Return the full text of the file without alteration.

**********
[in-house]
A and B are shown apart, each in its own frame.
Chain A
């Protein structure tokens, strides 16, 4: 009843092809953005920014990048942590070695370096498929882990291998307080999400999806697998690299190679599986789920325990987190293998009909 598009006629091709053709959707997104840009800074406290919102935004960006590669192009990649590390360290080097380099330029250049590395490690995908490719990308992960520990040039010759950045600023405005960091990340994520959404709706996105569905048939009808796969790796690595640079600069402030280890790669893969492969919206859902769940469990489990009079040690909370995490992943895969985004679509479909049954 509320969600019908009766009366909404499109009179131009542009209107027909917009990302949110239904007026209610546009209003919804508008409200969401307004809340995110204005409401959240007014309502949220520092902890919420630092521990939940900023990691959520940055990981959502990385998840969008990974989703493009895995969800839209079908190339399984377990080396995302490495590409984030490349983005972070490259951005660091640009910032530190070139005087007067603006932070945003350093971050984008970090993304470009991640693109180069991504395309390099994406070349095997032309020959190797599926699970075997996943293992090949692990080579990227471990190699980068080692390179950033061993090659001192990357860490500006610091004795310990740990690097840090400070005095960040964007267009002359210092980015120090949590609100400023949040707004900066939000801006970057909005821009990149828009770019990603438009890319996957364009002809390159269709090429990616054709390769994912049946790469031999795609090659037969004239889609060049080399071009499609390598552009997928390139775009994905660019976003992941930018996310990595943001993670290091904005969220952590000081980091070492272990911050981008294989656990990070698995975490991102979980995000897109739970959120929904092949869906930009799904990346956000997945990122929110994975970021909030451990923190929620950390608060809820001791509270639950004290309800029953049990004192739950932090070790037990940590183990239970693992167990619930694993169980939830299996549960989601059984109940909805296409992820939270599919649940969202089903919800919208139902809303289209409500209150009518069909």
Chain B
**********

[in-house]
A and B are shown apart, each in its own frame.
Chain A
């Protein structure tokens, strides 16, 4: 009843092809953005920014990048942590070695370096498929882990291998307080999400999806697998690299190679599986789920325990987190293998009909 598009006629091709053709959707997104840009800074406290919102935004960006590669192009990649590390360290080097380099330029250049590395490690995908490719990308992960520990040039010759950045600023405005960091990340994520959404709706996105569905048939009808796969790796690595640079600069402030280890790669893969492969919206859902769940469990489990009079040690909370995490992943895969985004679509479909049954 509320969600019908009766009366909404499109009179131009542009209107027909917009990302949110239904007026209610546009209003919804508008409200969401307004809340995110204005409401959240007014309502949220520092902890919420630092521990939940900023990691959520940055990981959502990385998840969008990974989703493009895995969800839209079908190339399984377990080396995302490495590409984030490349983005972070490259951005660091640009910032530190070139005087007067603006932070945003350093971050984008970090993304470009991640693109180069991504395309390099994406070349095997032309020959190797599926699970075997996943293992090949692990080579990227471990190699980068080692390179950033061993090659001192990357860490500006610091004795310990740990690097840090400070005095960040964007267009002359210092980015120090949590609100400023949040707004900066939000801006970057909005821009990149828009770019990603438009890319996957364009002809390159269709090429990616054709390769994912049946790469031999795609090659037969004239889609060049080399071009499609390598552009997928390139775009994905660019976003992941930018996310990595943001993670290091904005969220952590000081980091070492272990911050981008294989656990990070698995975490991102979980995000897109739970959120929904092949869906930009799904990346956000997945990122929110994975970021909030451990923190929620950390608060809820001791509270639950004290309800029953049990004192739950932090070790037990940590183990239970693992167990619930694993169980939830299996549960989601059984109940909805296409992820939270599919649940969202089903919800919208139902809303289209409500209150009518069909």
Chain B